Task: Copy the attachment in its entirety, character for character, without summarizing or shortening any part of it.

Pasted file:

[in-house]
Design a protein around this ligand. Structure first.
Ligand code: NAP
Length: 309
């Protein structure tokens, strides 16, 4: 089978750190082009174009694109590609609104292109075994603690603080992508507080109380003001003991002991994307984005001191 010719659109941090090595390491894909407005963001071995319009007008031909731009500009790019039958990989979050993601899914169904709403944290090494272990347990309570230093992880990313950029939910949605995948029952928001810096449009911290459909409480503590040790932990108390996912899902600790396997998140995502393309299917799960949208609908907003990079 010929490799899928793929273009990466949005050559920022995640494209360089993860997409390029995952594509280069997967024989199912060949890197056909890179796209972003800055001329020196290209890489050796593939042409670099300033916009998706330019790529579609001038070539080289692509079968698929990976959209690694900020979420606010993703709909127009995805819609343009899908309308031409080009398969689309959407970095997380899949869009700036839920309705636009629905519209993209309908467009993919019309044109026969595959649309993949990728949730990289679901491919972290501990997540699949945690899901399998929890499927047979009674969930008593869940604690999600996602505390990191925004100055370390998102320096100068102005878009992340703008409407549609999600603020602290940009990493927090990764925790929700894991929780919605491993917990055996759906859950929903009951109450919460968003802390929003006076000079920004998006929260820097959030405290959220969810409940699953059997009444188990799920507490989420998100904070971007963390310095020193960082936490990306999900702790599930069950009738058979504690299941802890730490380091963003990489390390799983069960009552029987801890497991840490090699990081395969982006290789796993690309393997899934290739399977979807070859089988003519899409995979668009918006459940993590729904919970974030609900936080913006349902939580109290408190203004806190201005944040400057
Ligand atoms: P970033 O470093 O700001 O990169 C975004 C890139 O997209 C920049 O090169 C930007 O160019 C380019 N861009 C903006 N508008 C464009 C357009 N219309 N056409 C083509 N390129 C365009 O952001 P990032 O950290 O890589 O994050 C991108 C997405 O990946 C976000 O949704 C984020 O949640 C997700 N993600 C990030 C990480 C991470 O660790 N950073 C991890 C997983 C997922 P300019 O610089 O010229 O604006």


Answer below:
[in-house]
Design a protein around this ligand. Structure first.
Ligand code: NAP
Length: 309
């Protein structure tokens, strides 16, 4: 089978750190082009174009694109590609609104292109075994603690603080992508507080109380003001003991002991994307984005001191 010719659109941090090595390491894909407005963001071995319009007008031909731009500009790019039958990989979050993601899914169904709403944290090494272990347990309570230093992880990313950029939910949605995948029952928001810096449009911290459909409480503590040790932990108390996912899902600790396997998140995502393309299917799960949208609908907003990079 010929490799899928793929273009990466949005050559920022995640494209360089993860997409390029995952594509280069997967024989199912060949890197056909890179796209972003800055001329020196290209890489050796593939042409670099300033916009998706330019790529579609001038070539080289692509079968698929990976959209690694900020979420606010993703709909127009995805819609343009899908309308031409080009398969689309959407970095997380899949869009700036839920309705636009629905519209993209309908467009993919019309044109026969595959649309993949990728949730990289679901491919972290501990997540699949945690899901399998929890499927047979009674969930008593869940604690999600996602505390990191925004100055370390998102320096100068102005878009992340703008409407549609999600603020602290940009990493927090990764925790929700894991929780919605491993917990055996759906859950929903009951109450919460968003802390929003006076000079920004998006929260820097959030405290959220969810409940699953059997009444188990799920507490989420998100904070971007963390310095020193960082936490990306999900702790599930069950009738058979504690299941802890730490380091963003990489390390799983069960009552029987801890497991840490090699990081395969982006290789796993690309393997899934290739399977979807070859089988003519899409995979668009918006459940993590729904919970974030609900936080913006349902939580109290408190203004806190201005944040400057
Ligand atoms: P970033 O470093 O700001 O990169 C975004 C890139 O997209 C920049 O090169 C930007 O160019 C380019 N861009 C903006 N508008 C464009 C357009 N219309 N056409 C083509 N390129 C365009 O952001 P990032 O950290 O890589 O994050 C991108 C997405 O990946 C976000 O949704 C984020 O949640 C997700 N993600 C990030 C990480 C991470 O660790 N950073 C991890 C997983 C997922 P300019 O610089 O010229 O604006």